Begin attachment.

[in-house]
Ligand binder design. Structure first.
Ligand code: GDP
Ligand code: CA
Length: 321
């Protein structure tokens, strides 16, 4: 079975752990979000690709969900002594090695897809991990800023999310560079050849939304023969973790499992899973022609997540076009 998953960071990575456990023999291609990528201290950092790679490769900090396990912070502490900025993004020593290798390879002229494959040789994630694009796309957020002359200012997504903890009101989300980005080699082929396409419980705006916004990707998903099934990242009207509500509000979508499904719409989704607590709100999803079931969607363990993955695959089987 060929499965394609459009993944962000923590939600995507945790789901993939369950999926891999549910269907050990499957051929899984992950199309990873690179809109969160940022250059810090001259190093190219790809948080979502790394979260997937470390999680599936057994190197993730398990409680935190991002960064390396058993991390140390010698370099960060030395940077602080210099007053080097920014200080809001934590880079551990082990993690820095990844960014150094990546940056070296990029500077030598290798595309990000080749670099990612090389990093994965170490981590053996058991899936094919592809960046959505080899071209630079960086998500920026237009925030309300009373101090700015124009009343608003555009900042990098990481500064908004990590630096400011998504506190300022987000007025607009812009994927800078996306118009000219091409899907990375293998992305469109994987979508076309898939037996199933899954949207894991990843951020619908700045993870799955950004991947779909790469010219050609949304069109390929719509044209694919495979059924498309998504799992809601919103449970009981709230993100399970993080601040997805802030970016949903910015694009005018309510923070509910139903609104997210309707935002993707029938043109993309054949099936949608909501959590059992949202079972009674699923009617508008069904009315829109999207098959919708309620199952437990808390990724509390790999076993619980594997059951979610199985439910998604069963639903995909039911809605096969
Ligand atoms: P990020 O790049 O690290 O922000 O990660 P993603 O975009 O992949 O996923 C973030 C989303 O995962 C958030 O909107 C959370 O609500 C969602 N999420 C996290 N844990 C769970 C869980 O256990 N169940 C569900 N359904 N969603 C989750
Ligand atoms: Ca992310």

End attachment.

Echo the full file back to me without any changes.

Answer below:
[in-house]
Ligand binder design. Structure first.
Ligand code: GDP
Ligand code: CA
Length: 321
């Protein structure tokens, strides 16, 4: 079975752990979000690709969900002594090695897809991990800023999310560079050849939304023969973790499992899973022609997540076009 998953960071990575456990023999291609990528201290950092790679490769900090396990912070502490900025993004020593290798390879002229494959040789994630694009796309957020002359200012997504903890009101989300980005080699082929396409419980705006916004990707998903099934990242009207509500509000979508499904719409989704607590709100999803079931969607363990993955695959089987 060929499965394609459009993944962000923590939600995507945790789901993939369950999926891999549910269907050990499957051929899984992950199309990873690179809109969160940022250059810090001259190093190219790809948080979502790394979260997937470390999680599936057994190197993730398990409680935190991002960064390396058993991390140390010698370099960060030395940077602080210099007053080097920014200080809001934590880079551990082990993690820095990844960014150094990546940056070296990029500077030598290798595309990000080749670099990612090389990093994965170490981590053996058991899936094919592809960046959505080899071209630079960086998500920026237009925030309300009373101090700015124009009343608003555009900042990098990481500064908004990590630096400011998504506190300022987000007025607009812009994927800078996306118009000219091409899907990375293998992305469109994987979508076309898939037996199933899954949207894991990843951020619908700045993870799955950004991947779909790469010219050609949304069109390929719509044209694919495979059924498309998504799992809601919103449970009981709230993100399970993080601040997805802030970016949903910015694009005018309510923070509910139903609104997210309707935002993707029938043109993309054949099936949608909501959590059992949202079972009674699923009617508008069904009315829109999207098959919708309620199952437990808390990724509390790999076993619980594997059951979610199985439910998604069963639903995909039911809605096969
Ligand atoms: P990020 O790049 O690290 O922000 O990660 P993603 O975009 O992949 O996923 C973030 C989303 O995962 C958030 O909107 C959370 O609500 C969602 N999420 C996290 N844990 C769970 C869980 O256990 N169940 C569900 N359904 N969603 C989750
Ligand atoms: Ca992310």